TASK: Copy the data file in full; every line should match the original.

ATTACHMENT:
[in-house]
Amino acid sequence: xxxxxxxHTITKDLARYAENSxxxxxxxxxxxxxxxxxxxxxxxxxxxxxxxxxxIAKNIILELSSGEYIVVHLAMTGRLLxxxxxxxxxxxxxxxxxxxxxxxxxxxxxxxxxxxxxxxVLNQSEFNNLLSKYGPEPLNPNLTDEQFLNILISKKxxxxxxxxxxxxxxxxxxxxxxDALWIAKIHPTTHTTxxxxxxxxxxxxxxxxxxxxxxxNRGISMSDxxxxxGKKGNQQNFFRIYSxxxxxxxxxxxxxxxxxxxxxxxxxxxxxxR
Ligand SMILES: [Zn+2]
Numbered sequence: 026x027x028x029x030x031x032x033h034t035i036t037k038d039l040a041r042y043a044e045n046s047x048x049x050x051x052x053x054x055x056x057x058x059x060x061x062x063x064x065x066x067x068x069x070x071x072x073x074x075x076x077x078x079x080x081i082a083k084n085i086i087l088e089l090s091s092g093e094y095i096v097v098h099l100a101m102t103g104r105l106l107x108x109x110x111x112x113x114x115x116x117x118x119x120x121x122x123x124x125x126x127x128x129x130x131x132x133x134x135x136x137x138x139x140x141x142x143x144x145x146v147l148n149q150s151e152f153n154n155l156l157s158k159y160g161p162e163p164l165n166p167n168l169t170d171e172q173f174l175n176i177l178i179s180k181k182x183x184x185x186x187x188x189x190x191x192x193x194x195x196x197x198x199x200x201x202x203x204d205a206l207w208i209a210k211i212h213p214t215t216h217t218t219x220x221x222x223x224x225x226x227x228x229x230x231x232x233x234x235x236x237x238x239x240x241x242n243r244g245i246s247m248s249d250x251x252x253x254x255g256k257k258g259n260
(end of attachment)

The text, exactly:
[in-house]
Amino acid sequence: xxxxxxxHTITKDLARYAENSxxxxxxxxxxxxxxxxxxxxxxxxxxxxxxxxxxIAKNIILELSSGEYIVVHLAMTGRLLxxxxxxxxxxxxxxxxxxxxxxxxxxxxxxxxxxxxxxxVLNQSEFNNLLSKYGPEPLNPNLTDEQFLNILISKKxxxxxxxxxxxxxxxxxxxxxxDALWIAKIHPTTHTTxxxxxxxxxxxxxxxxxxxxxxxNRGISMSDxxxxxGKKGNQQNFFRIYSxxxxxxxxxxxxxxxxxxxxxxxxxxxxxxR
Ligand SMILES: [Zn+2]
Numbered sequence: 026x027x028x029x030x031x032x033h034t035i036t037k038d039l040a041r042y043a044e045n046s047x048x049x050x051x052x053x054x055x056x057x058x059x060x061x062x063x064x065x066x067x068x069x070x071x072x073x074x075x076x077x078x079x080x081i082a083k084n085i086i087l088e089l090s091s092g093e094y095i096v097v098h099l100a101m102t103g104r105l106l107x108x109x110x111x112x113x114x115x116x117x118x119x120x121x122x123x124x125x126x127x128x129x130x131x132x133x134x135x136x137x138x139x140x141x142x143x144x145x146v147l148n149q150s151e152f153n154n155l156l157s158k159y160g161p162e163p164l165n166p167n168l169t170d171e172q173f174l175n176i177l178i179s180k181k182x183x184x185x186x187x188x189x190x191x192x193x194x195x196x197x198x199x200x201x202x203x204d205a206l207w208i209a210k211i212h213p214t215t216h217t218t219x220x221x222x223x224x225x226x227x228x229x230x231x232x233x234x235x236x237x238x239x240x241x242n243r244g245i246s247m248s249d250x251x252x253x254x255g256k257k258g259n260